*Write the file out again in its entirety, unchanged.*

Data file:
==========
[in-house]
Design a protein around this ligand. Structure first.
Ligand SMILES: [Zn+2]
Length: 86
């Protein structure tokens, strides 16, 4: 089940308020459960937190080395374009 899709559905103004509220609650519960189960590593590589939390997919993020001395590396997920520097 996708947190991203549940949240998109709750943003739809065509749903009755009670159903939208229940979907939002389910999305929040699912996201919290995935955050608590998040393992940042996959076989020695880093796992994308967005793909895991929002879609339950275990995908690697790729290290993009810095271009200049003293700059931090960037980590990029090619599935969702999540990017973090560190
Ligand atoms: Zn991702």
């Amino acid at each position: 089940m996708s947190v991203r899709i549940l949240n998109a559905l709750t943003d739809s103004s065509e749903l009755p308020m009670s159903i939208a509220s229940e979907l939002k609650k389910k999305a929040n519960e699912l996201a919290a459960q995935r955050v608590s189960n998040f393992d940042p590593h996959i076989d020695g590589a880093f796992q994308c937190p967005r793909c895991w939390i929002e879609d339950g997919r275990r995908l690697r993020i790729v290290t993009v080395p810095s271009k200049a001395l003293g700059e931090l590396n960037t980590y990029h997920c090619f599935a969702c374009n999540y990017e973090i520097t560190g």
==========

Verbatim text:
[in-house]
Design a protein around this ligand. Structure first.
Ligand SMILES: [Zn+2]
Length: 86
């Protein structure tokens, strides 16, 4: 089940308020459960937190080395374009 899709559905103004509220609650519960189960590593590589939390997919993020001395590396997920520097 996708947190991203549940949240998109709750943003739809065509749903009755009670159903939208229940979907939002389910999305929040699912996201919290995935955050608590998040393992940042996959076989020695880093796992994308967005793909895991929002879609339950275990995908690697790729290290993009810095271009200049003293700059931090960037980590990029090619599935969702999540990017973090560190
Ligand atoms: Zn991702």
């Amino acid at each position: 089940m996708s947190v991203r899709i549940l949240n998109a559905l709750t943003d739809s103004s065509e749903l009755p308020m009670s159903i939208a509220s229940e979907l939002k609650k389910k999305a929040n519960e699912l996201a919290a459960q995935r955050v608590s189960n998040f393992d940042p590593h996959i076989d020695g590589a880093f796992q994308c937190p967005r793909c895991w939390i929002e879609d339950g997919r275990r995908l690697r993020i790729v290290t993009v080395p810095s271009k200049a001395l003293g700059e931090l590396n960037t980590y990029h997920c090619f599935a969702c374009n999540y990017e973090i520097t560190g």